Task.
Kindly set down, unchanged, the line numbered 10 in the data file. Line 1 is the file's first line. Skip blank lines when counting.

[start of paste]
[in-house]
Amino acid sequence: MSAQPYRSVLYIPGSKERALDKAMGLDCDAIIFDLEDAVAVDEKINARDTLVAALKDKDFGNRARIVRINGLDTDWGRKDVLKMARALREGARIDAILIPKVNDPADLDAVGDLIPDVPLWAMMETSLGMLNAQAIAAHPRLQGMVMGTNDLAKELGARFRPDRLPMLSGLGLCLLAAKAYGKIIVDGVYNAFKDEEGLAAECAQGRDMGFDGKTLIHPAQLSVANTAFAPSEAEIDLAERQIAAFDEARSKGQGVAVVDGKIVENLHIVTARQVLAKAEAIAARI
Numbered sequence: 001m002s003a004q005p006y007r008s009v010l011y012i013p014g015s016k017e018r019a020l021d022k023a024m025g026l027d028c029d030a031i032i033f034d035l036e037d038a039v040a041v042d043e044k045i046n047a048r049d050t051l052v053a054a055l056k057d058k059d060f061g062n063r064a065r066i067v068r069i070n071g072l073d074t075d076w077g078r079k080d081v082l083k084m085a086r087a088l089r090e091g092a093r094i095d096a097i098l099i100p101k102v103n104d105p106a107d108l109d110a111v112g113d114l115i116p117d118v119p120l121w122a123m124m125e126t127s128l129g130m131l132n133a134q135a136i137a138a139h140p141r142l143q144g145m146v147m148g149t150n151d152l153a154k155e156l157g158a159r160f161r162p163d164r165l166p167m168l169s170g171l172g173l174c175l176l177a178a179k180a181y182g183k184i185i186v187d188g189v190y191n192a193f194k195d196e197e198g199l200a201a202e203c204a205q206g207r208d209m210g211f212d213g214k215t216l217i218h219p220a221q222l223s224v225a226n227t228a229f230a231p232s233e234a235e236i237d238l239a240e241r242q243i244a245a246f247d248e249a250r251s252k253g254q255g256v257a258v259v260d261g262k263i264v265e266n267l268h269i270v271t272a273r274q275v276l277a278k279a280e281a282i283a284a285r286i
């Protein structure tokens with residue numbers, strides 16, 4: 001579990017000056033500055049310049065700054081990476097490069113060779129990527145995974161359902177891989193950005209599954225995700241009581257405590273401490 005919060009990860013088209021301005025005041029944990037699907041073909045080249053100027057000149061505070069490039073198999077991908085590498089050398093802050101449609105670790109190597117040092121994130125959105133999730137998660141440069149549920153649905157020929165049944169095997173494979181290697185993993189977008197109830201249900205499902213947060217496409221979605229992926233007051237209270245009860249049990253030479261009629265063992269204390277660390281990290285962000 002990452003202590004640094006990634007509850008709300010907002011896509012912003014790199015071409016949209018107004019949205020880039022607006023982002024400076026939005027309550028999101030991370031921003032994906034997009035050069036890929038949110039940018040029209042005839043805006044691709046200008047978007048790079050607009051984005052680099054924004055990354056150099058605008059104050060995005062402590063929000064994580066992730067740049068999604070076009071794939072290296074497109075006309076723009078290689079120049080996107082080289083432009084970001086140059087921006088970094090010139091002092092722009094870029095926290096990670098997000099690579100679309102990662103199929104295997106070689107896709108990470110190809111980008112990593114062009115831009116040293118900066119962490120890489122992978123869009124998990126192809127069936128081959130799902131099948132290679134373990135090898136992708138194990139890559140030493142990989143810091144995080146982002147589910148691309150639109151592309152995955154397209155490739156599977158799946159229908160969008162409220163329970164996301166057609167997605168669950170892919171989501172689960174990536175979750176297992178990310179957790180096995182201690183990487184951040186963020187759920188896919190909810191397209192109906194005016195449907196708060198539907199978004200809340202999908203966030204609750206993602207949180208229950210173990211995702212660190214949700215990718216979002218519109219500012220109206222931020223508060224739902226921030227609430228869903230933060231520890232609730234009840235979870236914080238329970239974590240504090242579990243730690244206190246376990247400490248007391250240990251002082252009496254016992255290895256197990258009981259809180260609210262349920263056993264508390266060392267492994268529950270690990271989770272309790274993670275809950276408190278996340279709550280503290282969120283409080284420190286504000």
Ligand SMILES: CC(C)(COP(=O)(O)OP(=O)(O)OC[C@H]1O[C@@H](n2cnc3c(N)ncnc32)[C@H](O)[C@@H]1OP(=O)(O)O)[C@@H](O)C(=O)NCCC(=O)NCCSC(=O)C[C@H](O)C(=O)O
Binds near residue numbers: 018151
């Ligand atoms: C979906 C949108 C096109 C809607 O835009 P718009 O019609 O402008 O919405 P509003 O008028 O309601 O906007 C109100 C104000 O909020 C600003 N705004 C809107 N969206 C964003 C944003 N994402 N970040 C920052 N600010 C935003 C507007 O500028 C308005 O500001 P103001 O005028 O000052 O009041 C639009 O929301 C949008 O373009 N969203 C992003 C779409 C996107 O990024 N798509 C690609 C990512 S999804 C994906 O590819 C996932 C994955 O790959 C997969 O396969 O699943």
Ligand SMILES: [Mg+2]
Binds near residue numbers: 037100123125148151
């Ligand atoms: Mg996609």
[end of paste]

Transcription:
């Ligand atoms: Mg996609």